Posts Tagged: poor
The Harbor Freeway at rush hour in Los Angeles. (Photo: Joseph Sohm, via Shutterstock)
OPINION: The California Department of Insurance, having identified a disparity, has established a worthy goal of expanding auto insurance discounts to more low-income consumers and communities of color. But as it pursues that goal, the department must keep in mind a foundational principle in healing problems: Do no harm.
California Gov. Gavin Newsom. (Photo: Amir Aziz, via Shutterstock)
IGS Survey: The latest Berkeley IGS Poll conducted online last week among over 10,000 registered voters finds just 46% approving of Newsom’s performance as governor, while 48% disapprove, 31% of whom disapprove strongly. This represents a big shift in public sentiment from last year when large majorities approved of the job Newsom was doing.
U.S. Capitol at sunset. (Photo: Diego Grandi, via Shutterstock)
This past weekend brought news about a “rapturous agreement among Republicans and Democrats” to support development of new therapies by financing biomedical research with billions of dollars. The New York Times article indicated that the rapture could have something to do with the fact that many key political leaders on Capitol Hill are “aging in place.”
California Gov. Jerry Brown addresses a December 2015 conference on climate change in France at Le Bourget, near Paris. (Photo: Frederic Legrand, COMEO)
In recent years, Gov. Jerry Brown has signed groundbreaking legislation establishing the most ambitious greenhouse gas emission reduction targets in North America, and he has been praised globally for his environmentalism and his efforts to curb global warming. But at home – and elsewhere — he faces opposition to some of his environmental policies.
A judge's gavel and money -- two elements of the bail process. (Photo: AVN Photo Lab)
Bail is supposed to make sure that a defendant returns for the court date, although critics say bail merely punishes people for being poor. Legislation is moving through the Capitol to try to resolve this issue, but it is fiercely opposed by the bail agents and bounty hunters who make their living assuring the courts that skittish defendants will show up.
A homeless man feeds the birds on an L.A. street. (Photo: Laurin Rinder)
Two recent studies have confirmed it: In California, poverty exists in the most unlikely places.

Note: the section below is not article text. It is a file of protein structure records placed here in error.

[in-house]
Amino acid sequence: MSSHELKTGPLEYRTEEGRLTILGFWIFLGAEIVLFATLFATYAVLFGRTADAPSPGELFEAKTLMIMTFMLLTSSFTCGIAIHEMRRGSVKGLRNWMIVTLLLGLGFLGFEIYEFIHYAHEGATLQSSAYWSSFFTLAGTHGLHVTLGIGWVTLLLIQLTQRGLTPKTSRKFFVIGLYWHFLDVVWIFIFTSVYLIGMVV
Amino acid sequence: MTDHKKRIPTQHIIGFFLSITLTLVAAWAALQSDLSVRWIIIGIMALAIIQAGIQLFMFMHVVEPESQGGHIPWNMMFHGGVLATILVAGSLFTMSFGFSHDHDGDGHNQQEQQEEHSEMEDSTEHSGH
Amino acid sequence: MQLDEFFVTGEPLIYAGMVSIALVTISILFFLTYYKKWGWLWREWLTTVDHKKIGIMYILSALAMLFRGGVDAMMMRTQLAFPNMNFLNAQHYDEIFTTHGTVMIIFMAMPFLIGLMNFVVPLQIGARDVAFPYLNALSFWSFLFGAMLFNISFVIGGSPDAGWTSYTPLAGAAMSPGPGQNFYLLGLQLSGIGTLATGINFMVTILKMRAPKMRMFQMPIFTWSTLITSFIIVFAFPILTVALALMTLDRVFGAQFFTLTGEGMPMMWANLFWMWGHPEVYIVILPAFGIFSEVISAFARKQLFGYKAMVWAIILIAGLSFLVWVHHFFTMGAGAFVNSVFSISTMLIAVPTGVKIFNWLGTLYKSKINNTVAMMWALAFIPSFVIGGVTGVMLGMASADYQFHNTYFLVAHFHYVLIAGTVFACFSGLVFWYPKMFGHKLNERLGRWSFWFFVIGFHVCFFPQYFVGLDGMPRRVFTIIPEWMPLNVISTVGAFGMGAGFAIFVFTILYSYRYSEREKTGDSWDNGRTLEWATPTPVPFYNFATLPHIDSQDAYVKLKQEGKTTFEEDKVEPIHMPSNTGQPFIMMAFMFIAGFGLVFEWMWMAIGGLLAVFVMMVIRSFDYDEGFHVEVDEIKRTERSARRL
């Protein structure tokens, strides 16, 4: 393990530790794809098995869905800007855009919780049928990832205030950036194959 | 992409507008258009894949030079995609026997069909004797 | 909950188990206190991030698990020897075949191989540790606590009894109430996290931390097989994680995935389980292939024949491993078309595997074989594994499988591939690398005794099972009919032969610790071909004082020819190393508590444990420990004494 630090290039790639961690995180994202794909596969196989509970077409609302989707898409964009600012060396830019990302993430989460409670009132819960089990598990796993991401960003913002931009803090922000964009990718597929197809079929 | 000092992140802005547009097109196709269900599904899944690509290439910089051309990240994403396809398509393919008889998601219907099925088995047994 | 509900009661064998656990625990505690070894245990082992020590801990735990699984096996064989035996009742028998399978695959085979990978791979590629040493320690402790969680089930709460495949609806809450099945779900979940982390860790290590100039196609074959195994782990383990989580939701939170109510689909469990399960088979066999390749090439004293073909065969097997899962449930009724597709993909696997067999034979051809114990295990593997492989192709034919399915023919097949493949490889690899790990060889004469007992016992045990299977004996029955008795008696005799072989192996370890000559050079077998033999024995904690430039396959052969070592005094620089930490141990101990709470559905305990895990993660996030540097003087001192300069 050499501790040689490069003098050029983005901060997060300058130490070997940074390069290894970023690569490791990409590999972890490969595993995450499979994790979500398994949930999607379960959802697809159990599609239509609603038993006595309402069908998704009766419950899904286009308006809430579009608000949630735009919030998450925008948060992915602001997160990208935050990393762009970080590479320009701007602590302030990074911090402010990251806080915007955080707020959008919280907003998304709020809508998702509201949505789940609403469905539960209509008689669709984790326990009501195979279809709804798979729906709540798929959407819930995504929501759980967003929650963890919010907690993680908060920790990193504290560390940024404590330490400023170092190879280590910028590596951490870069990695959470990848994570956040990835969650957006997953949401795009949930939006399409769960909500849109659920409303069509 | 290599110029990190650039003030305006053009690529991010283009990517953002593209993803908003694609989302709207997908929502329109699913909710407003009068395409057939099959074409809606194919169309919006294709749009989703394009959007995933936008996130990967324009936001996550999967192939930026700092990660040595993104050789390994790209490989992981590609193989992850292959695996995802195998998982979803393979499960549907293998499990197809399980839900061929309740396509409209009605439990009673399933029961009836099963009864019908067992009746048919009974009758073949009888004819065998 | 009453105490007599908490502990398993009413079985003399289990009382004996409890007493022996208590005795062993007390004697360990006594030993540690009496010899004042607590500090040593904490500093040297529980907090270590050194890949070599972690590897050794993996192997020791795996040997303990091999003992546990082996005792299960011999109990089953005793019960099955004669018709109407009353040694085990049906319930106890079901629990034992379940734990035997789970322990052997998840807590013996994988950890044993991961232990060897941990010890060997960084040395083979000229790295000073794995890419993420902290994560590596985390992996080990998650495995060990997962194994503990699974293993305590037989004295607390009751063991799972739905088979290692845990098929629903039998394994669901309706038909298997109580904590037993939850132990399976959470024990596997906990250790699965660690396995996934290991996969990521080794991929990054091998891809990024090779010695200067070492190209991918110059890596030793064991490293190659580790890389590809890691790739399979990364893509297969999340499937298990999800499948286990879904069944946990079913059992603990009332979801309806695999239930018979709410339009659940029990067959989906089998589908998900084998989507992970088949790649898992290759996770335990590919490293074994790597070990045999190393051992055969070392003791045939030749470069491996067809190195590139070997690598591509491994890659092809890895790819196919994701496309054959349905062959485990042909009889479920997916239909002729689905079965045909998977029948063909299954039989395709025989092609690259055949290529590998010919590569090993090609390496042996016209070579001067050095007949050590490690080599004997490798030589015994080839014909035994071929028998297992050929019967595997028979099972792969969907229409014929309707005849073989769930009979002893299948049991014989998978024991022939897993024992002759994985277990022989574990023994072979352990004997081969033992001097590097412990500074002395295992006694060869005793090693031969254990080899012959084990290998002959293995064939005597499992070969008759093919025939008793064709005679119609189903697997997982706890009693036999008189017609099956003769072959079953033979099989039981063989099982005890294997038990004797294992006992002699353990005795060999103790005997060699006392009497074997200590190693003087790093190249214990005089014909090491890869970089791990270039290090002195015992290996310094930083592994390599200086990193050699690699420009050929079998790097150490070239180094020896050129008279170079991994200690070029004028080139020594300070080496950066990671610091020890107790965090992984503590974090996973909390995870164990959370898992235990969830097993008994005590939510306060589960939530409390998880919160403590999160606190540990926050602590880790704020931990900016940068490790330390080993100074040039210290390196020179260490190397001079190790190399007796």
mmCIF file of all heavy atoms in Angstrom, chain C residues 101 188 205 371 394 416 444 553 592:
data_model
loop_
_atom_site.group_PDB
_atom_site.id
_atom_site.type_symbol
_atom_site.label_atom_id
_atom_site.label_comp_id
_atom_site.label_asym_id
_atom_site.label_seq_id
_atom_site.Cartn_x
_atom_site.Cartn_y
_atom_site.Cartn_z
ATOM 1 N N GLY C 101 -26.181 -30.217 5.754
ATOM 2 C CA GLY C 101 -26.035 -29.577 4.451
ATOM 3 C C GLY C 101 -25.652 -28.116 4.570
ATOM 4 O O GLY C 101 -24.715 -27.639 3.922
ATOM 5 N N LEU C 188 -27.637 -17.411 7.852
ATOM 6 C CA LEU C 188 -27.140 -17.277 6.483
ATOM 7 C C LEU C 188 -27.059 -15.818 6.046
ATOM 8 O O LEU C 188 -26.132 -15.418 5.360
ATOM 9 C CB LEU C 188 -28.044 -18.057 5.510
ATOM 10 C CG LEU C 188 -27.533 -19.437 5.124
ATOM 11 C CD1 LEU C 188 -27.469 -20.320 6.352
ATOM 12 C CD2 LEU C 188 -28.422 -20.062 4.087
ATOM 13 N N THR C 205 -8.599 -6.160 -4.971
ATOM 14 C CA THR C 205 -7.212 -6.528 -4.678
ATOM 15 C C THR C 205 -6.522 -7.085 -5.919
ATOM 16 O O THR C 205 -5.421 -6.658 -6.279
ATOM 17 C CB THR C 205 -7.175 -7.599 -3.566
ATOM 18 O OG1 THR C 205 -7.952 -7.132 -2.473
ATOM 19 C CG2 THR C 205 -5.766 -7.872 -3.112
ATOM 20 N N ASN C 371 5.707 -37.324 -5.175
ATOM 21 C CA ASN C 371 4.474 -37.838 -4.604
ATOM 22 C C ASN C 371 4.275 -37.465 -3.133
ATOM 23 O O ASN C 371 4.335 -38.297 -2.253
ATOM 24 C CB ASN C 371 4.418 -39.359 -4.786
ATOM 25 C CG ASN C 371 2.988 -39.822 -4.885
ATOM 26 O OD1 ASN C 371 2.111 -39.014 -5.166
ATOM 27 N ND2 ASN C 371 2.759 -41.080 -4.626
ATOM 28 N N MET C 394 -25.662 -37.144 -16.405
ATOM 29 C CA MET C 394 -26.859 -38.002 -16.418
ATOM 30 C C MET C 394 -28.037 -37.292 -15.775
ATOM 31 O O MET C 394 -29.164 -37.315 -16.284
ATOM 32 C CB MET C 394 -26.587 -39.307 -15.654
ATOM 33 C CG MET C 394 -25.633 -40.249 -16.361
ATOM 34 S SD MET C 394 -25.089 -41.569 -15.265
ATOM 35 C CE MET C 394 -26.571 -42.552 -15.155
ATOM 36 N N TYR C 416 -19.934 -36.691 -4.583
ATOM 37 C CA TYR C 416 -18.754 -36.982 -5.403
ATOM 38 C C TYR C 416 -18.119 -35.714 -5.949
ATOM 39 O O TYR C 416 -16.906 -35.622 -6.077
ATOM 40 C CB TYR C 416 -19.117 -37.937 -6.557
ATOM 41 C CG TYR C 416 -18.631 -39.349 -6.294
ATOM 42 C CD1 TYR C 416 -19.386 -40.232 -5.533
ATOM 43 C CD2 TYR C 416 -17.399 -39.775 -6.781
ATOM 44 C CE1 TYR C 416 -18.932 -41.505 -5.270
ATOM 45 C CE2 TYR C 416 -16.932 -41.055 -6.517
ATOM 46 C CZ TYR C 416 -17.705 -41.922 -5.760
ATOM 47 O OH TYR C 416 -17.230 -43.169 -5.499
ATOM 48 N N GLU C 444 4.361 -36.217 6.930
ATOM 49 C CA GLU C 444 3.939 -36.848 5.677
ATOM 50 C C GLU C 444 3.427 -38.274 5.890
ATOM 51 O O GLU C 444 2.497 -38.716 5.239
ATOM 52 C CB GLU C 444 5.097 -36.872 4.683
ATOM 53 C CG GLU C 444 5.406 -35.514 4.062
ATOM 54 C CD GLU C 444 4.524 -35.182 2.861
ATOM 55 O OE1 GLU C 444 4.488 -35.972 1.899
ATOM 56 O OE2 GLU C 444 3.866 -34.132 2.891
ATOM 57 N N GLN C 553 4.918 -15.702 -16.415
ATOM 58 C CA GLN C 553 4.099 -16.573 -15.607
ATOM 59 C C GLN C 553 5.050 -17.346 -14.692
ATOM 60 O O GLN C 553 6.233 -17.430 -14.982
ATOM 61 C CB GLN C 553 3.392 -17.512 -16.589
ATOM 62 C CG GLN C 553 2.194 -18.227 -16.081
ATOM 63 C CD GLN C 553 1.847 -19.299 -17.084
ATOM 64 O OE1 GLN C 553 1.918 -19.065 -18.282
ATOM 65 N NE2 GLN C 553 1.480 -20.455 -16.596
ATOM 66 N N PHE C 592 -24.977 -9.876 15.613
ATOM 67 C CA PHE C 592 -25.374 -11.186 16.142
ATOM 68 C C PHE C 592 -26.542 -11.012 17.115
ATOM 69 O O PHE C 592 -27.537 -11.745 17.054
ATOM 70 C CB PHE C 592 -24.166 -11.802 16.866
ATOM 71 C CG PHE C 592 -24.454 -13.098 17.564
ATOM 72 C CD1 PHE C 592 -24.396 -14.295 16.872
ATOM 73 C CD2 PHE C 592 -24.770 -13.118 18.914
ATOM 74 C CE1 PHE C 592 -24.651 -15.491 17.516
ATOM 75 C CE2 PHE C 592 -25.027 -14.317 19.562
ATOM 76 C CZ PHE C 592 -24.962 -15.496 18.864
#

A physician prepares a syringe for use. (Photo: Shutterstock)
The results of a presidential election won by Republican Donald Trump has some in a panic. And with GOP majorities in both houses of Congress, Trump presumably can do just about anything. But California health advocates are not talking about abandoning the state’s healthcare system. They’re preparing for a fight.
A homeless woman sleeps on a park bench in Santa Monica. (Photo: Joseph Sohm
Stuck in the limbo above the federal poverty level yet below adequate income streams to make ends meet, these “hidden poor” are often a forgotten demographic. Why is identifying the “hidden poor” so important? On average, their health is much worse than their wealthier neighbors – and thus more expensive to treat – yet they are rarely included in health statistics.
A California physician examines a patient's medical information. (Photo: bikeriderlondon, via Shutterstock)
Californians eat more fruits and vegetables than other Americans, refrain from smoking, keep their blood pressure under control and do a decent amount of physical activity. But our health, overall, is still worse than the residents of 21 other states, according to a recent report. Why? A big reason might be a category in which California ranks at the very bottom of all 50 states — health disparities, according to an annual report published by the United Health Foundation.
Gov. Jerry Brown, flanked by the head of the Ponitifical Academy of Science, Bishop Marcelo Sanchez Sorondo, spoke recently at a Vatican conference on Modern Slavery and Climate Change. (AP Photo: Alessandra Tarantino)
When Gov. Jerry Brown traveled to the Vatican to attend Pope Francis’ conference on climate change, the Democratic governor allowed one of his most extended public glimpses into how Catholicism helped shape his career. Brown, who turned 77 in April, is nearly the same age as the Pope who turns 79 in December. Pope Francis is the first Jesuit Pope and Brown was a Jesuit seminarian until he dropped out of the Society of Jesus in 1960 to attend the University of California, Berkeley.